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Cooper Onyett dies at school camp in Victoria: New details emerge


The primary school knew the eight-year-old student was a poor swimmer but did not inform the aquatics center before the boy drowned at the camp.

Year two student Cooper Onyett drowned on May 21, 2021 at Belfast Aquatics in Port Fairy, south-west Victoria, while on a field trip organized by Merrivale Primary School in Warrnambool.

Before the trip, the school sent parents permission slips and medical forms asking how far their children could swim.

Cooper’s mother ticked the box confirming he was a novice swimmer with little or no experience in shallow water, prosecutor Duncan Chisholm told the Victoria District Court in Warrnambool on Thursday.

However, the school never shared information about students’ swimming abilities in the pool before sending 28 young students there.

Year two student Cooper Onyett drowned on May 21, 2021 at Belfast Aquatics in Port Fairy in south-west Victoria during a school trip

Cooper (pictured) was identified by his mother as a weak swimmer but was spotted twice outside the shallow area of ​​the center

Cooper (pictured) was identified by his mother as a weak swimmer but was spotted twice outside the shallow area of ​​the center

Second-graders were asked to raise their hands if they could swim when they got to the aquatic center, Chisholm said.

Children who said they could swim were led to an inflatable obstacle course in the deep end of the pool, but many were eventually identified as weak swimmers and helped to the shallow end, he said.

Cooper was among the children identified as a weak swimmer and was spotted two more times outside the shallows – jumping into the deep end and onto an inflatable boat from which he was told to get off.

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A swimmer who was with her daughter later saw the boy swimming underwater and initially thought he was holding his breath.

«After about 40 seconds, she realized something was wrong,» Chisholm said.

Cooper died after attempts to resuscitate him in the pool failed.

The Victorian education department pleaded guilty to breaching health and safety legislation in relation to Cooper’s death, admitting it failed to ensure that people other than staff were not exposed to risks.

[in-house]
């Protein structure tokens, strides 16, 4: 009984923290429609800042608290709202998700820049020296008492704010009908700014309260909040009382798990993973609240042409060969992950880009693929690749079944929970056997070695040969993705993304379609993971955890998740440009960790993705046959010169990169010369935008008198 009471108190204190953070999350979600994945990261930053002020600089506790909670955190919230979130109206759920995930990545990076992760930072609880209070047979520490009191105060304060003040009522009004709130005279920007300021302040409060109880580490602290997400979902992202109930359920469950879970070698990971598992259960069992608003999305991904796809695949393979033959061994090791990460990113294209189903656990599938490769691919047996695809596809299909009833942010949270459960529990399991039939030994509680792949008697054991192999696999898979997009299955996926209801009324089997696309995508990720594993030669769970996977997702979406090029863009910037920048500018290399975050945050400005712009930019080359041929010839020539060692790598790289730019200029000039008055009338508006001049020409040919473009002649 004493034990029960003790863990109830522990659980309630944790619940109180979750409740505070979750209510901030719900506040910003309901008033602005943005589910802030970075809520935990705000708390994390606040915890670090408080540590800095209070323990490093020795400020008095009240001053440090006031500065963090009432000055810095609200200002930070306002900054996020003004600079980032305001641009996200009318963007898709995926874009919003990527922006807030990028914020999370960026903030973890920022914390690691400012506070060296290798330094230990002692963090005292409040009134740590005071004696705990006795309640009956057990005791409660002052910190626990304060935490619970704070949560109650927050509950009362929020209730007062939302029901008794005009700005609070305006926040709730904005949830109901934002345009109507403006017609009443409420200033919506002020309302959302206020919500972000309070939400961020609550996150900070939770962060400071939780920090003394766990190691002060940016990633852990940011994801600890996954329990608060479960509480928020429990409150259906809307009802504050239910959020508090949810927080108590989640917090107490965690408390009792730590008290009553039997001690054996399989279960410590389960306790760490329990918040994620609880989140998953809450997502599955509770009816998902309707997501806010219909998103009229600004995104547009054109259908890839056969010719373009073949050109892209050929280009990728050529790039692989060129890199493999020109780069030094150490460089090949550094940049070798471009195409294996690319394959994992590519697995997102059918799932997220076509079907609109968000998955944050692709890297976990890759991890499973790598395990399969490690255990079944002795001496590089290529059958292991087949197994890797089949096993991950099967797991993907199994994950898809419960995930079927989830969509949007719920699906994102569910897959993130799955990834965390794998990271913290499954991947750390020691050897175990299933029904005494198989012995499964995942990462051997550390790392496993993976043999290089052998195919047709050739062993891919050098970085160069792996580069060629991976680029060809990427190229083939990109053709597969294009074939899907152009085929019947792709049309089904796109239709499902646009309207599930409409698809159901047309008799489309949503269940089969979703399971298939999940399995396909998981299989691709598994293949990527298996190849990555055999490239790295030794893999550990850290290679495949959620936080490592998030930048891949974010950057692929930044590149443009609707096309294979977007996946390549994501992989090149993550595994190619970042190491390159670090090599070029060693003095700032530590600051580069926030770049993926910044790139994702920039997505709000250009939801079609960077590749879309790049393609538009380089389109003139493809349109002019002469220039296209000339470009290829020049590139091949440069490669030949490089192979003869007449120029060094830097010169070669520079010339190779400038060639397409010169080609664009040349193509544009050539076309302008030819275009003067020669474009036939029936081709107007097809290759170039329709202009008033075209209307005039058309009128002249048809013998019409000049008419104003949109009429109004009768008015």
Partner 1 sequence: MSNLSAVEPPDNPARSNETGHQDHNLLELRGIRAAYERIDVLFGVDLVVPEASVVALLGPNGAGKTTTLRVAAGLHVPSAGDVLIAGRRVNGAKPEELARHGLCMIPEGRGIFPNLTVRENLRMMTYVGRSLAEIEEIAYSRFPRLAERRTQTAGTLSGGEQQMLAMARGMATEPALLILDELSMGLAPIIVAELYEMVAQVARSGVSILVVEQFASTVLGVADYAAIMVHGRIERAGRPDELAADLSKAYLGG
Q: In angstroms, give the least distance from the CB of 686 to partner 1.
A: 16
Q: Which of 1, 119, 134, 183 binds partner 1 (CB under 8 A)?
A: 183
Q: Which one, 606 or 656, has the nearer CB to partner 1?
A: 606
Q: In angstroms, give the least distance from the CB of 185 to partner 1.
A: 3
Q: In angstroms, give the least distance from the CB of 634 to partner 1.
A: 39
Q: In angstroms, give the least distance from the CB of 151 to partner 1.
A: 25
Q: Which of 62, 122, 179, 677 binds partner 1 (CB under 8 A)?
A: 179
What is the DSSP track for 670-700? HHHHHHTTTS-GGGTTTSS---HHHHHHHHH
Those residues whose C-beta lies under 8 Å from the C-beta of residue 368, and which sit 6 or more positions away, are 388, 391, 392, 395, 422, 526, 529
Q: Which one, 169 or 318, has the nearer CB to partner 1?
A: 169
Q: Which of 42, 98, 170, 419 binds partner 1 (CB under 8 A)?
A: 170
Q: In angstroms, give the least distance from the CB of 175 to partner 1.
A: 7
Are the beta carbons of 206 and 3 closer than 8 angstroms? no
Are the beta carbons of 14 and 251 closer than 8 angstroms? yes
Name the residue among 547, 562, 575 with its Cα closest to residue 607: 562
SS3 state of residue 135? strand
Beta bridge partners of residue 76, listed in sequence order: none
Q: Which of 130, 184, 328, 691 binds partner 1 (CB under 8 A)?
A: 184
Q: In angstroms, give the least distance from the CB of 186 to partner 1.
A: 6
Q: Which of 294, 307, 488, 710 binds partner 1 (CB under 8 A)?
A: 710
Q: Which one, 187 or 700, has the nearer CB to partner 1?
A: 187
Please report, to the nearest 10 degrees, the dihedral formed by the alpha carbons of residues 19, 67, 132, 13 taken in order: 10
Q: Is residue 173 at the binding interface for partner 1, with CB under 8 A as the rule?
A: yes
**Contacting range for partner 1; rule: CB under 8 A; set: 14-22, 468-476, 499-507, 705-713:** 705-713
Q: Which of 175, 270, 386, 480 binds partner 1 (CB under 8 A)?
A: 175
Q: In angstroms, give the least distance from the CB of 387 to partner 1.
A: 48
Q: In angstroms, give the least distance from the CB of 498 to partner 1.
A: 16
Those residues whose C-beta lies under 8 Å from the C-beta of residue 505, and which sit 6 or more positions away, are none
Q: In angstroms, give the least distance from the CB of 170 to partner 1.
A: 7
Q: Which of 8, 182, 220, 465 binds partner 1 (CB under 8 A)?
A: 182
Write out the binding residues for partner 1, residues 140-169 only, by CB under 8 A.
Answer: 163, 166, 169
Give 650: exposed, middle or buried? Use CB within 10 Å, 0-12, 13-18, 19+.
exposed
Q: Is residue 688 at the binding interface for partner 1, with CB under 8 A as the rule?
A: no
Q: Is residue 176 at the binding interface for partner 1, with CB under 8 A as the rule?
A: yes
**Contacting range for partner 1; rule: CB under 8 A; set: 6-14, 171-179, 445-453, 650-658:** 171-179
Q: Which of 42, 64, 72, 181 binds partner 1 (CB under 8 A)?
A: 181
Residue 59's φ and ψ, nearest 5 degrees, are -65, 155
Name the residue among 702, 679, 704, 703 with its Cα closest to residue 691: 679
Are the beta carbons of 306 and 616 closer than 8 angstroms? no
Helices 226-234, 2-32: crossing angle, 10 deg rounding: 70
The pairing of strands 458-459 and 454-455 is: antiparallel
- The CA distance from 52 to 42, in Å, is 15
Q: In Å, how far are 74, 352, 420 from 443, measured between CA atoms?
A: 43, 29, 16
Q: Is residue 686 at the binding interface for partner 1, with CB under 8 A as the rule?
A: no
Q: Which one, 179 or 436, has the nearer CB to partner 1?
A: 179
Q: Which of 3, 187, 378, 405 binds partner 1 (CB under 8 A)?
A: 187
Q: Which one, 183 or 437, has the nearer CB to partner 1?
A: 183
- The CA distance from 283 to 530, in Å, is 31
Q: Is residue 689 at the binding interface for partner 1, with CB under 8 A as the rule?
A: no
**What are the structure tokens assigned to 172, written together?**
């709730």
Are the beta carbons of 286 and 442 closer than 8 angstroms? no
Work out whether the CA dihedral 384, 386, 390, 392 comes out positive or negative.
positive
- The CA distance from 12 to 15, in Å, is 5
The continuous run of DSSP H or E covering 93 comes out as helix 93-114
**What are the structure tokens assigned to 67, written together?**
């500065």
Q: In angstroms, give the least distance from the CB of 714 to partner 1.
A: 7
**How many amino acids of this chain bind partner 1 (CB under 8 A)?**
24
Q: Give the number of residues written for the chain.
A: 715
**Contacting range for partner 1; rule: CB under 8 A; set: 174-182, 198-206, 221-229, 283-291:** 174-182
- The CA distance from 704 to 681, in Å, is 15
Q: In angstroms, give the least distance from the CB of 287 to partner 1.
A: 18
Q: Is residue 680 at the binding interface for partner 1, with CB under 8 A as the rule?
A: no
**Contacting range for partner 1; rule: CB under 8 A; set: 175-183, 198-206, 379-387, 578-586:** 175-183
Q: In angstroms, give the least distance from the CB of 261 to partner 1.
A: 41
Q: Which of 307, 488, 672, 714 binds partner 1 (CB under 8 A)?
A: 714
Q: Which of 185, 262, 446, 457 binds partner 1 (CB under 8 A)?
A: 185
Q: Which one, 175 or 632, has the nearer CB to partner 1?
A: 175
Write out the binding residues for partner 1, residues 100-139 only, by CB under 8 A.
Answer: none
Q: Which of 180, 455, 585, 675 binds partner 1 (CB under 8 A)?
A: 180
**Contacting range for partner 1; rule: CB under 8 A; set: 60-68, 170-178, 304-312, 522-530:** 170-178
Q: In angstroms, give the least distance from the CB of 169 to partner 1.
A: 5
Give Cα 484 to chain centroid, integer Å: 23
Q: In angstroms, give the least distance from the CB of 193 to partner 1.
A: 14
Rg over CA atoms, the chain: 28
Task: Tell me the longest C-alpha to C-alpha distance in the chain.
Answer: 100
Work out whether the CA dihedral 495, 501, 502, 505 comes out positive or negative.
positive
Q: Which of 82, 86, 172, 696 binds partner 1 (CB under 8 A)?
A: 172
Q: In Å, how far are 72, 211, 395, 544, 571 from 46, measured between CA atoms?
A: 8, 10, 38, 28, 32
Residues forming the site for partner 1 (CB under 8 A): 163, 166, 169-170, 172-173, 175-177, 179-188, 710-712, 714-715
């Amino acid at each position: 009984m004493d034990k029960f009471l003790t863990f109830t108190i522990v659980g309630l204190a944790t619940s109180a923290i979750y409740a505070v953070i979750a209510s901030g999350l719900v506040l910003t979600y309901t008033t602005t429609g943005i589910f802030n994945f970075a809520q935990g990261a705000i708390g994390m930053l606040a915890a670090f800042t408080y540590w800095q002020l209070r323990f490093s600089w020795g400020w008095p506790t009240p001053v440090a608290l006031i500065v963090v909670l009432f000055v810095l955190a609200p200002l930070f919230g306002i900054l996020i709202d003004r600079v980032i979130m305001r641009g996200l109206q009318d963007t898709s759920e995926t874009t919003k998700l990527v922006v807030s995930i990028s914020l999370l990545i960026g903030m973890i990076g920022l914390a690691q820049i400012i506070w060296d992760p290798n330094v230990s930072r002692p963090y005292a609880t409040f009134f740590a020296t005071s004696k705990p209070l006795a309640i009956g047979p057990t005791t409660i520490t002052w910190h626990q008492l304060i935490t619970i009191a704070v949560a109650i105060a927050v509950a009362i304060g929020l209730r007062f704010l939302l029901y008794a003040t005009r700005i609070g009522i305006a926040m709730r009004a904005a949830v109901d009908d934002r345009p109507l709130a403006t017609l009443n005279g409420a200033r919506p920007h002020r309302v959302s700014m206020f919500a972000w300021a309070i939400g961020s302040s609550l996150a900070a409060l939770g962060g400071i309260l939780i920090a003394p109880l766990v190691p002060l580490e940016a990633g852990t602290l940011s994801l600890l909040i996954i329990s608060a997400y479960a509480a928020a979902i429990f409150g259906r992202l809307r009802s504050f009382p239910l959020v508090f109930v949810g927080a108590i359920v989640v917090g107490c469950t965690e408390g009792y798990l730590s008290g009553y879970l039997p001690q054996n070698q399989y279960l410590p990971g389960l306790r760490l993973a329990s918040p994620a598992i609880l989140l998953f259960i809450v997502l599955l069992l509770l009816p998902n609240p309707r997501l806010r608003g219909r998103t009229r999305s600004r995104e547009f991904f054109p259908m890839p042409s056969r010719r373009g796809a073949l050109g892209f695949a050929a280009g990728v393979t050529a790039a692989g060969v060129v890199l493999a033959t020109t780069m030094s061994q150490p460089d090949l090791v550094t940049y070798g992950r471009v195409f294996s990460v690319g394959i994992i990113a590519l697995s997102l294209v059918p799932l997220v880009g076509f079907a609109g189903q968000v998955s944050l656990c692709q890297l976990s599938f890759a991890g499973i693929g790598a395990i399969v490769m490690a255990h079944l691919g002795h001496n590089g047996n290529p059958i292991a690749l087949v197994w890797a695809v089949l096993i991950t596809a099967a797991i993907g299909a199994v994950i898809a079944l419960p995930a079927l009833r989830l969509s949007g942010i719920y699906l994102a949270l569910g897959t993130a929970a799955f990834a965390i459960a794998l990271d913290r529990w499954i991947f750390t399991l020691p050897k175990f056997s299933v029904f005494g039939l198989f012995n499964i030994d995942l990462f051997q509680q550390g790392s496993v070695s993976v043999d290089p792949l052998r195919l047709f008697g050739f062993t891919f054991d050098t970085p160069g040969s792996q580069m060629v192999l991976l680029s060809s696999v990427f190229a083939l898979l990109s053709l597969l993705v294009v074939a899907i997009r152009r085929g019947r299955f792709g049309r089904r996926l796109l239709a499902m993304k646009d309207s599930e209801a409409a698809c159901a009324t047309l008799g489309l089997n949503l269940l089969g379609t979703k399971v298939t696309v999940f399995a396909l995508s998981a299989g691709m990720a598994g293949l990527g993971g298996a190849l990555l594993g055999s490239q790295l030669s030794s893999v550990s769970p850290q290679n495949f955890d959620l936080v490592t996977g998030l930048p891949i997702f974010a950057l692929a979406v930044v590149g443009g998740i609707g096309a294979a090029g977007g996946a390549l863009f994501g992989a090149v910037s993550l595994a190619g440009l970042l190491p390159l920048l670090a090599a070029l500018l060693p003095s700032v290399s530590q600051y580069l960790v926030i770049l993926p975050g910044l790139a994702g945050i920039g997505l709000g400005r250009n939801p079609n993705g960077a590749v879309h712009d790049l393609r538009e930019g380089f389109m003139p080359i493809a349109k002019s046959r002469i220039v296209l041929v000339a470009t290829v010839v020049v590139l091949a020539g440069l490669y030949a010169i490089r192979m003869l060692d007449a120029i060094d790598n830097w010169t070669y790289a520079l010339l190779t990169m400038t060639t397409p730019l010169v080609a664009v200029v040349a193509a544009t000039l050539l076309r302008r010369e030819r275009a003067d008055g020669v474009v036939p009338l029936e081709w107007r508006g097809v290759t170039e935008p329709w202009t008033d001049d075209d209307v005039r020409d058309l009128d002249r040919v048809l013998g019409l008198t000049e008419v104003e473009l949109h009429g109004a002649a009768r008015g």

«If information about children’s swimming abilities were shared with Belfast, it could help the risk of drowning,» Chisholm said.

During Thursday’s plea hearing, Judge Claire Quin repeatedly asked government attorney Carmen Currie why the school collected information about children’s swimming abilities when it did not share it with the pool.

Currie said the information was collected for planning purposes and the department could not «anticipate in each individual case the exact information a provider might need» for a school activity.

It was up to the pool to ask for information, the attorney said.

«The activity was swimming,» Judge Quin said.

«Why get information if you don’t want to give it to the people who need it?»

Chisholm said the department was relying on someone else to fulfill its own obligation when it placed the responsibility on the aquatic center to ask about students’ swimming abilities.

«When they drop kids off, they don’t just throw them off the bus and say, ‘You’re going to be right,'» he said.

Currie said the department has since introduced a requirement for schools to inform pools of their students’ swimming abilities.

Victoria's education department pleaded guilty to breaching health and safety legislation over Cooper's death

Victoria’s education department pleaded guilty to breaching health and safety legislation over Cooper’s death

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But she said there was no evidence that the revelation of the children’s swimming abilities had changed the way Belfast Aquatics managed the May 21 activity.

Port Fairy Community Pool Management has also admitted breaching health and safety legislation.’

Judge Quin is expected to sentence both the department and the pool management on May 31.



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